It’s not a secret that every Atlas Corps fellow feels both excited and anxious coming to the US. We worry about how we are going to fit in and get along with our future coworkers. Another concern is whether the cultural differences can be an issue and how to avoid any possible misunderstandings.

Two months into the fellowship I think I got a good idea of what helped me to feel like I belong. And I would like to share some tips on how to adjust, unleash your pick performance and start getting the best out of your experience.

  • There are no bad mood days in corporate America. Start your day by greeting your coworkers with a smile. It will also help you to feel better if you are going through the cultural shock and as a result those nasty emotional rollercoasters.
  • Almost every DC non-profit has employees who served with Peace Corps or just spent a significant amount of time abroad. Those are your first friends. They were in your shoes before. Ask them about their experience. You’ll be surprised how much insight you’ll find useful for your year in the USA.
  • Nurture the relationship with your supervisor. I am personally very lucky to have the best supervisor I could possibly dream of. The one who supports you as well as challenges you, makes sure to keep you busy, involves you in the decision making and gives you credit at staff meetings. Those are the elements in your relationship you can water and grow by taking initiative, asking questions and requesting feedback. Last week I had to rewrite a newsroom story three times. And it’s ok. Every new feedback just makes my skills stronger. With every new improvement, you’ll be able to crack tasks faster and grow as a valuable asset in the eyes of your team.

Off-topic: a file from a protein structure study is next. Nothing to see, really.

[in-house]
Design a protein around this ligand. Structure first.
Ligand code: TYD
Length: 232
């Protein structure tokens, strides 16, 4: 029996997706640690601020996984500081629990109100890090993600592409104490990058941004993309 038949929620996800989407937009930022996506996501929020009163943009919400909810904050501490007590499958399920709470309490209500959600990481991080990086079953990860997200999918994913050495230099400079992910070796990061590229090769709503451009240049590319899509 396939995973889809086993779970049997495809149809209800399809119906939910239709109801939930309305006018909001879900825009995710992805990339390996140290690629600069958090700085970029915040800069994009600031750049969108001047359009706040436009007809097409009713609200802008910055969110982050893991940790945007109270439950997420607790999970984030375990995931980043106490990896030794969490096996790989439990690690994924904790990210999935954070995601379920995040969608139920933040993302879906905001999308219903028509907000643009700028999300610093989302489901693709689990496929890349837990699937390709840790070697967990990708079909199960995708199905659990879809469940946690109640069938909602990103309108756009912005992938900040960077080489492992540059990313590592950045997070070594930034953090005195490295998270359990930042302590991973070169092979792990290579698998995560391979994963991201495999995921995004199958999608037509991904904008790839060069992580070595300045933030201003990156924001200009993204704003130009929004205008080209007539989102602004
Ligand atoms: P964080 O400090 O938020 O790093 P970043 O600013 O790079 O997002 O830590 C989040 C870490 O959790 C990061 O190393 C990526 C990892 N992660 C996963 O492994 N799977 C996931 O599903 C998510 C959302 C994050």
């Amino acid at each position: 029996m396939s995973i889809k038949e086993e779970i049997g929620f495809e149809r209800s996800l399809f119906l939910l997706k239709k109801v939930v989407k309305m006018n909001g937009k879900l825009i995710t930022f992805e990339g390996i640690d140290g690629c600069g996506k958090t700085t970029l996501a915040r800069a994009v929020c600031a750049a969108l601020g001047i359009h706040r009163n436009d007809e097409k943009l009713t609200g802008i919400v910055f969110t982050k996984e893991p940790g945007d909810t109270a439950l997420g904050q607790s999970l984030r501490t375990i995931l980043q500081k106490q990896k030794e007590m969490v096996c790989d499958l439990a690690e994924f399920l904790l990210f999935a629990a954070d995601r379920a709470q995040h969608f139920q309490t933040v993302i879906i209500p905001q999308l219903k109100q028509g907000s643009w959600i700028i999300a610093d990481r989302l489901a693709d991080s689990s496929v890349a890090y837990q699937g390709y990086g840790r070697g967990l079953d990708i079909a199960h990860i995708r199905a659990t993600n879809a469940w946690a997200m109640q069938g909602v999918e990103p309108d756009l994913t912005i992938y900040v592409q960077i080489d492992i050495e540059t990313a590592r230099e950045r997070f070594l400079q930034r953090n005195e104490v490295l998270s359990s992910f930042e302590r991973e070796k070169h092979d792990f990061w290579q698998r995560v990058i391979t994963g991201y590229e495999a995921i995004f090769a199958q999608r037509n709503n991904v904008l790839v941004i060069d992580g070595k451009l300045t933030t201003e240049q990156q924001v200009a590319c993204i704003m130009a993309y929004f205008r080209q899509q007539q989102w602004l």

• Speaking of getting involved in decision making and receiving credit for your work. If you have a good idea – speak up. But know when the moment is right. Listen carefully what your coworkers are saying at meetings. Your ideas might compliment theirs and make your arguments stronger that will increase chances of your bringing your vision into reality.
  • Be an interesting person not just because you are from a different country but because you bring new knowledge that your team needs. Attend relevant events, make notes, share your learnings in an email to your coworkers or even initiate a brown bag to deliver cutting edge industry insights.
  • Propose some non-work-related events for a group of your coworkers to go to together. Documentary screening, public talk or a trip to a new food place could be some neutral ideas to start with.
  • Send emails to people outside your department and ask them how you can help based on the skills and experience you have. Make sure to check with your supervisor before you do that.
  • Bring a dish from your country to share with your office. It is a good opportunity to talk about your home country. Especially if you feel homesick. Another good opportunity is when it’s on the news. The chances that people will be interested are higher.
  • Have a “word of the day” poster pinned above your desk to softly teach your language. My colleague who has a “Spanish word of the day calendar” at her desk is a magnet for everyone who passes her by during the day.
  • Don’t rush adding your coworkers on Facebook. Some enjoy keeping their account to close friends and family. But feel free to tap into their LinkedIn network.

But most importantly do you best to get to know your coworkers as people. They work in the “saving the world from suffering” field aka non-profit field – the chances that they are excellent human beings are very high!


To SOS Children’s Villages – USA team with LOVE!